BUSCH: Fontana: Ford - Stanton Barrett interview

This Week in Ford Racing April 22, 2003 NASCAR Busch Grand National Stanton Barrett, driver of the No. 60 OdoBan Ford, has taken the road less traveled to compete in the NASCAR Busch Series ranks. The 30-year-old California native put an ...

This Week in Ford Racing
April 22, 2003

NASCAR Busch Grand National

Stanton Barrett, driver of the No. 60 OdoBan Ford, has taken the road less traveled to compete in the NASCAR Busch Series ranks. The 30-year-old California native put an aspiring career as a stuntman on hold to focus on his racing career, and just eight races into his first full-time season, Barrett sits 17th in the point standings. Barrett is coming off of a season's best sixth-place finish at Nashville Superspeedway heading into this weekend's race at California Speedway. Barrett, who spent last weekend on the set of Spider-Man 2, talked about the transition from a stuntman to a full-time Busch Series competitor.

STANTON BARRETT -60-OdoBan Ford Taurus:


"It's great. It's exciting to fly back and forth to film movies on location, but I'd rather not do that right now. This is just something that I've always wanted to do and now I get the opportunity race full-time this year. In one regard there is a lot less pressure because we are running the full schedule and not just focusing on selected races, but you also have added pressure in another regard because of the team I'm driving for. The difference between last year and this year is in the schedule and job definition."


"I think so. It's pretty much all I've ever done, but I think it helps you deal with people. From one aspect, you have to deal with such a variety of egos and personalities. In show business, you have different types of interaction from your producers to your coordinators to your directors to your actors. There is such a variety of personalities and I think it helps you really create the mindset to deal with different situations appropriately and figure out how to work together even though they might not be very workable. I think it's a very methodical thinking process when you're dealt with a stunt. You're given a script and the stunt coordinator asks, 'How are we going to do this?' You kind of evaluate it and you eliminate as many factors of danger as possible and you try to figure out how to make it as big as possible. That takes a lot of planning. Some people underestimate how much time it takes to pull off a stunt or create stunt the way they need to be done. I think mentally it's helped me a tremendous amount. And, when you're doing a big stunt - when you flip car or are doing something that you know is pretty dangerous - you know you could get hurt. It seems like there's something in you that you turn a switch to a different level and you concentrate on your marks and where you have to be and what you have to do. When you're doing a stunt, you get in a position where you know it's going to hurt bad and you take yourself from perfect health and you don't know what to expect. It could be really bad or it could be your greatest stunt ever. At best, it's going to hurt. I think those kinds of attributes apply to racing because you're put into those types of situations where you really have to calculate what you're doing, the risk and the reward of it and figure out how to pull of your stunt or a pass or a better lap. There are a ton of variables that are similar where you have to focus and evaluate and figure out what you need to do."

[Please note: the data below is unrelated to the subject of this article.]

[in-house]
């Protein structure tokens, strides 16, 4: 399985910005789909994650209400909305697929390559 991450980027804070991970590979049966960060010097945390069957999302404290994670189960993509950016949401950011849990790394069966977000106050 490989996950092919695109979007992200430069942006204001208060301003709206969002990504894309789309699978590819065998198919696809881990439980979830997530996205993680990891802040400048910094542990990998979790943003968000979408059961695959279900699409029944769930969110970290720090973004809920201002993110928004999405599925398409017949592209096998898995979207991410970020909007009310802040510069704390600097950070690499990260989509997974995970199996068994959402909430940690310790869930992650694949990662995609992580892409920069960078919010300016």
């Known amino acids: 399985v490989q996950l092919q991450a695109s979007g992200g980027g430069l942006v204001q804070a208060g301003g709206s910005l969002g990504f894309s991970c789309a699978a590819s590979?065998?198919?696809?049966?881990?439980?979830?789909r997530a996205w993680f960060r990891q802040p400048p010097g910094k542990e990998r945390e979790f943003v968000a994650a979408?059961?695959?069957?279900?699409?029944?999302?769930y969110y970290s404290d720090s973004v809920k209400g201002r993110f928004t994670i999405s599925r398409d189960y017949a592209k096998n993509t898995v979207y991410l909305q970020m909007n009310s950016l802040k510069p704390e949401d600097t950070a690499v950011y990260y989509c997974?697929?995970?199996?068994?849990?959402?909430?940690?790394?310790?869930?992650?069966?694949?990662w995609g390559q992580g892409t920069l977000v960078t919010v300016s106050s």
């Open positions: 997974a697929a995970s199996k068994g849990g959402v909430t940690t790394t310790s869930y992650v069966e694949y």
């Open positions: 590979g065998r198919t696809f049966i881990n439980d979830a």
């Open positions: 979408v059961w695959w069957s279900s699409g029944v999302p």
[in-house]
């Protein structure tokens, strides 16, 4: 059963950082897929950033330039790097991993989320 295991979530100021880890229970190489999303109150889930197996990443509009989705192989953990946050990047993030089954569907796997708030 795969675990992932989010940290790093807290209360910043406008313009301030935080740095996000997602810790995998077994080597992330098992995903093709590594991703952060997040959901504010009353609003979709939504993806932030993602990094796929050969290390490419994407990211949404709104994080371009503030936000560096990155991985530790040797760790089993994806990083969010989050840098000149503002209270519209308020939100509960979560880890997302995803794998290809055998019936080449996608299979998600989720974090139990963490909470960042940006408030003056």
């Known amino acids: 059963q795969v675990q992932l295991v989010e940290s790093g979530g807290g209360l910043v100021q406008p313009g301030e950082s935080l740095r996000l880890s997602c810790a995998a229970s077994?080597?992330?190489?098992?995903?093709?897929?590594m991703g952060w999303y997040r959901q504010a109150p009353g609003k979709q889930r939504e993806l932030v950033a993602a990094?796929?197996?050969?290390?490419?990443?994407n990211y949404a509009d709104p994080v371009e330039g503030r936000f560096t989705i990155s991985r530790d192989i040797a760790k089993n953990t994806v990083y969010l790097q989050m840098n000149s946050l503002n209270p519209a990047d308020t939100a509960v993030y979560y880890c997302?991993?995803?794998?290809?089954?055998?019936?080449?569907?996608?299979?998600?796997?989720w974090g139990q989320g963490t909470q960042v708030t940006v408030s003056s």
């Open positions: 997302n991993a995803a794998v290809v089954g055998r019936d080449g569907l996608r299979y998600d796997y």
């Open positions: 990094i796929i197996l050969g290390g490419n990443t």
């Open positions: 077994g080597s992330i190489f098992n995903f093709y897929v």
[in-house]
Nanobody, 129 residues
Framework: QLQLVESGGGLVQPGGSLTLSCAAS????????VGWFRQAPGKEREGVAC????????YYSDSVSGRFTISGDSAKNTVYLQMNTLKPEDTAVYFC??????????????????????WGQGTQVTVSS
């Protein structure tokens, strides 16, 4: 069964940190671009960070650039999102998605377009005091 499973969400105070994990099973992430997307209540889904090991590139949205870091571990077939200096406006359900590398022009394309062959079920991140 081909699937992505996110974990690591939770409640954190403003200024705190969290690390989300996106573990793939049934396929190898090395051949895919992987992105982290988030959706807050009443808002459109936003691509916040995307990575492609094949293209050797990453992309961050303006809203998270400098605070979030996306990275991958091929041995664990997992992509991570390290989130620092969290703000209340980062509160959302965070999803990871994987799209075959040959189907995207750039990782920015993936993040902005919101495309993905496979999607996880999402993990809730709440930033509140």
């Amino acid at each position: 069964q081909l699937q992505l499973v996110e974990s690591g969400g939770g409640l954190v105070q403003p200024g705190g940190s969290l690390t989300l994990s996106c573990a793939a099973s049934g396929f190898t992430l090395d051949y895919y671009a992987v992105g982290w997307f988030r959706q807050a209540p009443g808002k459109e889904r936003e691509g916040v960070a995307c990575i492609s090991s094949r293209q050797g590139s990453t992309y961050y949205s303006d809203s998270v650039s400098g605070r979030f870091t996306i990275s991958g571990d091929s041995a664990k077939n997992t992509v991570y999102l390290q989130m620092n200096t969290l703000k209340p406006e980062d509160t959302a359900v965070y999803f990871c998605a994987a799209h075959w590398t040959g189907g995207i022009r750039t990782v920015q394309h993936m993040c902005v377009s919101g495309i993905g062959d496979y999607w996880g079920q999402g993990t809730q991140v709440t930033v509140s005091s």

"I think it's the intensity that's involved mentally and the focus that it takes, it's kind of the same thing. You're building up to a certain moment. Take qualifying. I'm very focused when I qualify and try to figure out every little detail of what I'm going to encounter during my two laps and run it over and over in my head including where I'm going to lift, where I'm going to get back in the gas and the reaction of the car. Generally, it's uncomfortable when you make a fast lap, so you're pushing your body and your mentality to take it to those limits. I think those kinds of things apply where you can do it successfully without having a problem. It's the same in the stunt. Some things are going to hurt, it's just how bad are you going to get hurt. Hopefully you don't and you did the right things, but there are variables you can't control. Some of the things you can control are precision things like driving and there are a bunch of things you need to focus and evaluate and use your experience and skills to pull off the stunt, and I think in qualifying it's that same kind of mentality. You need to really focus and track what your car did in practice. You know the changes that you made and you're trying to prepare for anything that comes up because on the track it's split-second decisions and you can probably evaluate what's going on. For me, driving a race car, the challenge is you don't realize how far you can push the limit. You feel like you're going fast, but there's the next level and when you get there then it's staying at that level. That's the fun and unique thing about racing - every lap is different. Every week you're somewhere else and even if you go back to the same track twice over the course of a season, it's never the same because track conditions change with the temperature and the weather. You're dealt a lot of variables that you have to figure out."